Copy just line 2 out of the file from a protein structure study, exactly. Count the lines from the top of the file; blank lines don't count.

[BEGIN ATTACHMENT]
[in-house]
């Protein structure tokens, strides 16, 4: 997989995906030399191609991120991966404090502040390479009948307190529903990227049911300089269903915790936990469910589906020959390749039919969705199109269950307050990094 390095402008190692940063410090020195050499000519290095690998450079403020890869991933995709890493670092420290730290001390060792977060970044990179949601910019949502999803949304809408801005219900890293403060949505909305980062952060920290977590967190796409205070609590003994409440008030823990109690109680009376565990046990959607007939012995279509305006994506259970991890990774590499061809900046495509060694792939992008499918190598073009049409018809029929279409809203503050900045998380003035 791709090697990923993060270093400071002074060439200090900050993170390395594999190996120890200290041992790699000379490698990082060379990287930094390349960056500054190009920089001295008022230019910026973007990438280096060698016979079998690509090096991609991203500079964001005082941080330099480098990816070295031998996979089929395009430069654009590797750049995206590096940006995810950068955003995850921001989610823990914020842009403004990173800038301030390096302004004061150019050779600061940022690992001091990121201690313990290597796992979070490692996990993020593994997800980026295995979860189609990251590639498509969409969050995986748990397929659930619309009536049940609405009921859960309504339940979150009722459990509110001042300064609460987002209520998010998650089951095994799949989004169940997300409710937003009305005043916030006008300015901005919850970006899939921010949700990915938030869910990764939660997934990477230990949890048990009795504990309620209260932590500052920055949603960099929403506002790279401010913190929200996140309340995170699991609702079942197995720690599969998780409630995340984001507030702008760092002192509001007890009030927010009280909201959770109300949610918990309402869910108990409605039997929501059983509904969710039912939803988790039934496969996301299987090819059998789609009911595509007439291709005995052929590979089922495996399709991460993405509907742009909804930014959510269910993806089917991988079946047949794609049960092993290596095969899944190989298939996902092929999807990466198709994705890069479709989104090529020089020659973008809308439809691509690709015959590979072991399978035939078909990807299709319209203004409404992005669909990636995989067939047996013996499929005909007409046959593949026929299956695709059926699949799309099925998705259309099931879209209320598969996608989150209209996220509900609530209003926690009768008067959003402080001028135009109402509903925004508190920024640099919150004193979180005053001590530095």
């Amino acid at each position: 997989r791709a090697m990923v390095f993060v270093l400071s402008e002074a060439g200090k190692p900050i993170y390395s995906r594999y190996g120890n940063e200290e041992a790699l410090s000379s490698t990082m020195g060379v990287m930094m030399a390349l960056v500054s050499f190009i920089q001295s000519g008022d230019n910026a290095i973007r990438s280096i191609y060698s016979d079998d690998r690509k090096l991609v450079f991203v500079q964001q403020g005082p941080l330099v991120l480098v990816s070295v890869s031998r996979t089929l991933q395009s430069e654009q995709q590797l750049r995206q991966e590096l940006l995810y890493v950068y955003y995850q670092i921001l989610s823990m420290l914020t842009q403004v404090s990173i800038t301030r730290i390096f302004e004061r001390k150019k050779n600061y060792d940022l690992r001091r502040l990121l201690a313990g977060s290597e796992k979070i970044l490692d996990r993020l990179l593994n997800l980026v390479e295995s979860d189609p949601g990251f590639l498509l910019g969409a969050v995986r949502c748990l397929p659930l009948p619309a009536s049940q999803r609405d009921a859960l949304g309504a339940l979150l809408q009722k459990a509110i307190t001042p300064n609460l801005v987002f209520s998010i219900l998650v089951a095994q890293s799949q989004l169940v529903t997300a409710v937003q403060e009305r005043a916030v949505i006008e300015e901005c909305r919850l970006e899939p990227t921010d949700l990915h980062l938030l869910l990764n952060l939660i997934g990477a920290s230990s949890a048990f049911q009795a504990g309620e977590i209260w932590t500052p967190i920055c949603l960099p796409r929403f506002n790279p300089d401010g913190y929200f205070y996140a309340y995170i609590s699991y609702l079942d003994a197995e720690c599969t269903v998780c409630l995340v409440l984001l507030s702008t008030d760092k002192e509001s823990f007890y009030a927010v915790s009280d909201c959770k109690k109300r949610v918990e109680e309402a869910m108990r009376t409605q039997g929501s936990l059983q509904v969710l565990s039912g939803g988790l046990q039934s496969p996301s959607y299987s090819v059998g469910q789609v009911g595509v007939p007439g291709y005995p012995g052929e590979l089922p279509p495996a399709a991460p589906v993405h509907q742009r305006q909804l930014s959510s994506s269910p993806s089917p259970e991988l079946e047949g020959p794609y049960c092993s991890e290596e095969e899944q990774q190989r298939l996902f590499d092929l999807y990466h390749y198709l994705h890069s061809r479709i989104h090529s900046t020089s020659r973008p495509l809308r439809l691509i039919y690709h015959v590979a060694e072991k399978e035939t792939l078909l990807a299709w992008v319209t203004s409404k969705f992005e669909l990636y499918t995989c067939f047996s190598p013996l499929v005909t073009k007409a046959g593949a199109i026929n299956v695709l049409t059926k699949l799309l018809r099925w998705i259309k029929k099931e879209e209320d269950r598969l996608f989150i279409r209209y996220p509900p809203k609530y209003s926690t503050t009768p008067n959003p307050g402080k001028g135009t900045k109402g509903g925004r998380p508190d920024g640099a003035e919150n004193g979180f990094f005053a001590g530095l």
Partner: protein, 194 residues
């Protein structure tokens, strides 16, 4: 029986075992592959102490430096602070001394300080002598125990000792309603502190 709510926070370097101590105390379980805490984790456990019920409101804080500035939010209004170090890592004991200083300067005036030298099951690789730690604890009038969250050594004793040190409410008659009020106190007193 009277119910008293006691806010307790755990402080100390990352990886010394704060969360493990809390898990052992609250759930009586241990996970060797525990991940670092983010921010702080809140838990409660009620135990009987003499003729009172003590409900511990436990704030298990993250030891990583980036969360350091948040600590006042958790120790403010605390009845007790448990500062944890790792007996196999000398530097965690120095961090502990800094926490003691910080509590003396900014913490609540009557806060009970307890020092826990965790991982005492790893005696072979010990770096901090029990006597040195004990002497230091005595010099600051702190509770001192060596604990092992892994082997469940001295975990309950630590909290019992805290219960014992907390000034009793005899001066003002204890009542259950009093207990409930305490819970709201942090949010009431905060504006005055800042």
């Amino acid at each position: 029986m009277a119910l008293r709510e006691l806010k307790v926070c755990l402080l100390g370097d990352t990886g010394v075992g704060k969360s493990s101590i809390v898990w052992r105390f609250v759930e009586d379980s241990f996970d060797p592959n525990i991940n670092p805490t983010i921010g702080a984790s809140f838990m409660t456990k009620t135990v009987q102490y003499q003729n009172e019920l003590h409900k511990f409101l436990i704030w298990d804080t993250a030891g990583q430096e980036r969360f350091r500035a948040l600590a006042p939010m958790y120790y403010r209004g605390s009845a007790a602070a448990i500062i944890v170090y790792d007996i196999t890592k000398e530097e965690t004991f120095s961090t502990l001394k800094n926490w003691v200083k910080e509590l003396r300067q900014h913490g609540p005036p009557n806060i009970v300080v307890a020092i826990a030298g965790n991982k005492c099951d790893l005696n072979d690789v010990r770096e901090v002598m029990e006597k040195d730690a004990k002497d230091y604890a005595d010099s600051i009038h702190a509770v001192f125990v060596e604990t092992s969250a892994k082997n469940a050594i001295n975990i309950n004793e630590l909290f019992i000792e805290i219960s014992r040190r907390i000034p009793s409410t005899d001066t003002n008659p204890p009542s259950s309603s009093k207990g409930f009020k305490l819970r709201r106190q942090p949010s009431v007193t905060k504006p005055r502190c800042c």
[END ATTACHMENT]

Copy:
């Protein structure tokens, strides 16, 4: 997989995906030399191609991120991966404090502040390479009948307190529903990227049911300089269903915790936990469910589906020959390749039919969705199109269950307050990094 390095402008190692940063410090020195050499000519290095690998450079403020890869991933995709890493670092420290730290001390060792977060970044990179949601910019949502999803949304809408801005219900890293403060949505909305980062952060920290977590967190796409205070609590003994409440008030823990109690109680009376565990046990959607007939012995279509305006994506259970991890990774590499061809900046495509060694792939992008499918190598073009049409018809029929279409809203503050900045998380003035 791709090697990923993060270093400071002074060439200090900050993170390395594999190996120890200290041992790699000379490698990082060379990287930094390349960056500054190009920089001295008022230019910026973007990438280096060698016979079998690509090096991609991203500079964001005082941080330099480098990816070295031998996979089929395009430069654009590797750049995206590096940006995810950068955003995850921001989610823990914020842009403004990173800038301030390096302004004061150019050779600061940022690992001091990121201690313990290597796992979070490692996990993020593994997800980026295995979860189609990251590639498509969409969050995986748990397929659930619309009536049940609405009921859960309504339940979150009722459990509110001042300064609460987002209520998010998650089951095994799949989004169940997300409710937003009305005043916030006008300015901005919850970006899939921010949700990915938030869910990764939660997934990477230990949890048990009795504990309620209260932590500052920055949603960099929403506002790279401010913190929200996140309340995170699991609702079942197995720690599969998780409630995340984001507030702008760092002192509001007890009030927010009280909201959770109300949610918990309402869910108990409605039997929501059983509904969710039912939803988790039934496969996301299987090819059998789609009911595509007439291709005995052929590979089922495996399709991460993405509907742009909804930014959510269910993806089917991988079946047949794609049960092993290596095969899944190989298939996902092929999807990466198709994705890069479709989104090529020089020659973008809308439809691509690709015959590979072991399978035939078909990807299709319209203004409404992005669909990636995989067939047996013996499929005909007409046959593949026929299956695709059926699949799309099925998705259309099931879209209320598969996608989150209209996220509900609530209003926690009768008067959003402080001028135009109402509903925004508190920024640099919150004193979180005053001590530095």